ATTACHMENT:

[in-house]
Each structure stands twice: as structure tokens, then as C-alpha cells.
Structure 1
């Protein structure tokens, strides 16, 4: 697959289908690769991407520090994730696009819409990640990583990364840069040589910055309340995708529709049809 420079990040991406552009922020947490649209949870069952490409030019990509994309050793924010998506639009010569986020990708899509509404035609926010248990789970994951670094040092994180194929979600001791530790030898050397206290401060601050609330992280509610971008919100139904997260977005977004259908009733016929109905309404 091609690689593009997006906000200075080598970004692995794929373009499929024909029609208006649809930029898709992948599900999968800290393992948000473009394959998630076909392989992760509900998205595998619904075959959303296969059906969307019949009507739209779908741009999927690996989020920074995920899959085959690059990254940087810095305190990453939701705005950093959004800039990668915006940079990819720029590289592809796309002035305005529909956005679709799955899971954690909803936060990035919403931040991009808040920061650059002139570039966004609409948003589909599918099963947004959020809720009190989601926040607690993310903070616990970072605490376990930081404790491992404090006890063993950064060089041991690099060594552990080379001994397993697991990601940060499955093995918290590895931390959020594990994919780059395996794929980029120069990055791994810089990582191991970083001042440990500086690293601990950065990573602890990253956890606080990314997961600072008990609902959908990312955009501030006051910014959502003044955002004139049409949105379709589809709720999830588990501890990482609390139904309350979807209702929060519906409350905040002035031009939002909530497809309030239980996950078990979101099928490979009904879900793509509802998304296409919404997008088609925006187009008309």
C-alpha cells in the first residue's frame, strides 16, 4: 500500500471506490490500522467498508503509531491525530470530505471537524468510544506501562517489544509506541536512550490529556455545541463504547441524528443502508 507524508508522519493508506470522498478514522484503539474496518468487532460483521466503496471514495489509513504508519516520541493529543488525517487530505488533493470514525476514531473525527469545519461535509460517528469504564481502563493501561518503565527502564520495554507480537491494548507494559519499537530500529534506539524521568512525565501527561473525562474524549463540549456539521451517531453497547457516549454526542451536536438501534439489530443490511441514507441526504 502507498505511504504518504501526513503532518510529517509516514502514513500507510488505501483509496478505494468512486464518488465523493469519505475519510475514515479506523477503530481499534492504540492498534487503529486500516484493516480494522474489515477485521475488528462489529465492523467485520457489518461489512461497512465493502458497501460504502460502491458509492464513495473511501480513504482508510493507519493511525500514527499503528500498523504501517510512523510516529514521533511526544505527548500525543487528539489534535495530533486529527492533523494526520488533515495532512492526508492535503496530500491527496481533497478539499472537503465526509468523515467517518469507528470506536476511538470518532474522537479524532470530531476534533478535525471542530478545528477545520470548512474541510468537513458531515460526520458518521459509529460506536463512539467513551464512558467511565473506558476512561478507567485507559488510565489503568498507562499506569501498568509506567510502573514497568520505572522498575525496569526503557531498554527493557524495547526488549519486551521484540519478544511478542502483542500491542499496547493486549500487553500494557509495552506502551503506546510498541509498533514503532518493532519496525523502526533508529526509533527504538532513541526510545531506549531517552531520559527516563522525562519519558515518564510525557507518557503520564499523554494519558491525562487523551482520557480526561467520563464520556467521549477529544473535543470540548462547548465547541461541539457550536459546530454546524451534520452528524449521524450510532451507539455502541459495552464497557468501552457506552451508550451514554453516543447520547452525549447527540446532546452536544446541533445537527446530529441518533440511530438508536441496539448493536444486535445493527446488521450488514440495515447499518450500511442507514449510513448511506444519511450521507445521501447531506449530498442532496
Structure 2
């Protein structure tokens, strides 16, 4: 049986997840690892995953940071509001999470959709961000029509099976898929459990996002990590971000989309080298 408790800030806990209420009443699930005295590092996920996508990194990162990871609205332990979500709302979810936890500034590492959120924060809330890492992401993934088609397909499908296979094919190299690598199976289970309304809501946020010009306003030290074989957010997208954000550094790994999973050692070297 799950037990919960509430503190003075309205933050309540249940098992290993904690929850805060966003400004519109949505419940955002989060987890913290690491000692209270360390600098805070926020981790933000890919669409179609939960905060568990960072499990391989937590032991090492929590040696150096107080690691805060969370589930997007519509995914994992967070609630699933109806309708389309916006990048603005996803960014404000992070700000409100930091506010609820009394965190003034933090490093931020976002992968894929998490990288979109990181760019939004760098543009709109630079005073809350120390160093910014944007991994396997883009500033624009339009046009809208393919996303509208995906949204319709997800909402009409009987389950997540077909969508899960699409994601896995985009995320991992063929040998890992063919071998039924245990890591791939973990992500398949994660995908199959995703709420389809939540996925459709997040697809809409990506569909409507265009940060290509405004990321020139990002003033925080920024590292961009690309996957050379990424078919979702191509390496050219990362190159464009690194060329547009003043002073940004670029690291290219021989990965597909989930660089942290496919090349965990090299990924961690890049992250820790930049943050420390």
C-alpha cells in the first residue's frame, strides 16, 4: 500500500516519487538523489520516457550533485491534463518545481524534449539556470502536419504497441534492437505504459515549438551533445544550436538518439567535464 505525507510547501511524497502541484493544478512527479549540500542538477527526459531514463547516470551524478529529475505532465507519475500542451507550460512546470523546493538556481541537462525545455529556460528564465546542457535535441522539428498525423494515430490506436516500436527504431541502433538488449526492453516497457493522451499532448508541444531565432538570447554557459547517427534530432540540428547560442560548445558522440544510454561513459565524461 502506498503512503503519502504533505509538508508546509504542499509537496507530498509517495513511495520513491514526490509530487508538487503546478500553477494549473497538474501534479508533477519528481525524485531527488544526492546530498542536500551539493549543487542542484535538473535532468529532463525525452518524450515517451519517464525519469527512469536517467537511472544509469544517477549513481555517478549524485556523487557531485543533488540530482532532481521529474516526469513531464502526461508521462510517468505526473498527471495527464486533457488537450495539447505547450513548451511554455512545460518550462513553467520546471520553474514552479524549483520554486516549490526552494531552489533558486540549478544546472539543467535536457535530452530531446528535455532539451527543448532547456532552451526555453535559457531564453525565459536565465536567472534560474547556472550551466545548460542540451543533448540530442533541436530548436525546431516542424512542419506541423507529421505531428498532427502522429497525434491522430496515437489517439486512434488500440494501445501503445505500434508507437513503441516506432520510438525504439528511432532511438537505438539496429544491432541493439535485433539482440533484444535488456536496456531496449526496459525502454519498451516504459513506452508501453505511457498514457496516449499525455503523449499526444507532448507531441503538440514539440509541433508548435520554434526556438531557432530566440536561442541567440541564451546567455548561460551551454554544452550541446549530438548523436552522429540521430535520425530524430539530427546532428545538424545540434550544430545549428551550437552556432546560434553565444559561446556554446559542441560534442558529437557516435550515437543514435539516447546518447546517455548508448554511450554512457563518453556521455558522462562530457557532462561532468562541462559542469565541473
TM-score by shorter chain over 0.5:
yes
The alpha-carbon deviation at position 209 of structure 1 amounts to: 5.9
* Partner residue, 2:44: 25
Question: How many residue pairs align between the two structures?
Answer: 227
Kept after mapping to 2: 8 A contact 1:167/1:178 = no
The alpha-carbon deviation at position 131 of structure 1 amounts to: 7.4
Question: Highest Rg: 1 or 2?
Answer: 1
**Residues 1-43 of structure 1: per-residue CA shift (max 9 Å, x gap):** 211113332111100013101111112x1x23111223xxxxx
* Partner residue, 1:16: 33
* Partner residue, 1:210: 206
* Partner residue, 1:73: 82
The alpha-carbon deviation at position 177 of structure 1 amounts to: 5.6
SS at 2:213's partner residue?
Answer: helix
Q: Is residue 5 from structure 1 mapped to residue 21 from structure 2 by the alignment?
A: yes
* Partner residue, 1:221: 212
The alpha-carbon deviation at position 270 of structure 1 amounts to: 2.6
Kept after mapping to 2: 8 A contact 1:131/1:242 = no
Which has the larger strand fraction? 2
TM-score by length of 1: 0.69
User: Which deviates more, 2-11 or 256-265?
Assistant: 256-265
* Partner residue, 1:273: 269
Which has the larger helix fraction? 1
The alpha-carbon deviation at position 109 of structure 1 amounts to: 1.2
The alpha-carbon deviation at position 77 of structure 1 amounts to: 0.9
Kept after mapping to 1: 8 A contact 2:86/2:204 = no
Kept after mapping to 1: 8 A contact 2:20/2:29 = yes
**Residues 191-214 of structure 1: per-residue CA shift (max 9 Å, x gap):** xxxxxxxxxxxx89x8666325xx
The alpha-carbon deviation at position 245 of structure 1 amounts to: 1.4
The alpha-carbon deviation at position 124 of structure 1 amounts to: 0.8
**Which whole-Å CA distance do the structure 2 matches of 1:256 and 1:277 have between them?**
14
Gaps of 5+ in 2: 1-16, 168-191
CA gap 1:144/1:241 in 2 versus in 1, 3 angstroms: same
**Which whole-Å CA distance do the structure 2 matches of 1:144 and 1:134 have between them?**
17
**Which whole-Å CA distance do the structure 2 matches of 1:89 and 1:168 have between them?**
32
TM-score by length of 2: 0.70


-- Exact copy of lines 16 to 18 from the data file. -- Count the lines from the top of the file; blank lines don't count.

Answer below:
The alpha-carbon deviation at position 131 of structure 1 amounts to: 7.4
Question: Highest Rg: 1 or 2?
Answer: 1